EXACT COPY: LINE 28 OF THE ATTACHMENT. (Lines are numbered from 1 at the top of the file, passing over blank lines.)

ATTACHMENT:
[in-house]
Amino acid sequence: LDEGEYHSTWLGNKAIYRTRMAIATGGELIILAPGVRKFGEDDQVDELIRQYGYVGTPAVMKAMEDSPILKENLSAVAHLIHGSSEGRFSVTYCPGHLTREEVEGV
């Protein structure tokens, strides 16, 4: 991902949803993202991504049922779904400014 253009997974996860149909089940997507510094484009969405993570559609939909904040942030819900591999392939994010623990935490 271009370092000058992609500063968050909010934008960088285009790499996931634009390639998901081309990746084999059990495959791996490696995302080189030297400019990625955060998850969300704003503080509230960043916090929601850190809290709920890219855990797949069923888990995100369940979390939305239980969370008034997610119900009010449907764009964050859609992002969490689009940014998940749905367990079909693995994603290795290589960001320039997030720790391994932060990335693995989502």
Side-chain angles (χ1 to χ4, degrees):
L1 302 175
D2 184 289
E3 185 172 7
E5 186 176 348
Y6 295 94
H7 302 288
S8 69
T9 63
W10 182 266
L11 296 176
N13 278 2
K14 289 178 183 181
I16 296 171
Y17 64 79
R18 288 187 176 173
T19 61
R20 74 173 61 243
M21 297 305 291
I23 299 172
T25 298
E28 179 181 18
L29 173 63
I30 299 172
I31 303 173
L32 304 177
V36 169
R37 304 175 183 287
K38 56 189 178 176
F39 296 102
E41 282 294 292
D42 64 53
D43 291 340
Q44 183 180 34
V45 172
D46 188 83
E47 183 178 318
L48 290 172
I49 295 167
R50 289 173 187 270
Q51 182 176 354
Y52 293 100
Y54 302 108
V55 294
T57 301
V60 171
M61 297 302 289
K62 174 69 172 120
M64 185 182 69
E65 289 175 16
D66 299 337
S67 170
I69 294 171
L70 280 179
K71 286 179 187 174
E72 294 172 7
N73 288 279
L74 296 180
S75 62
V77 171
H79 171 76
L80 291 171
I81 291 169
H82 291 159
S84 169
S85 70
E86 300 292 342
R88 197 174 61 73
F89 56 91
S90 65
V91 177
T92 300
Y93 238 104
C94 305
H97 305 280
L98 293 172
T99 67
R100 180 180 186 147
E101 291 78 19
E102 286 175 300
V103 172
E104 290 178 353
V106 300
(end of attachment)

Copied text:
I31 303 173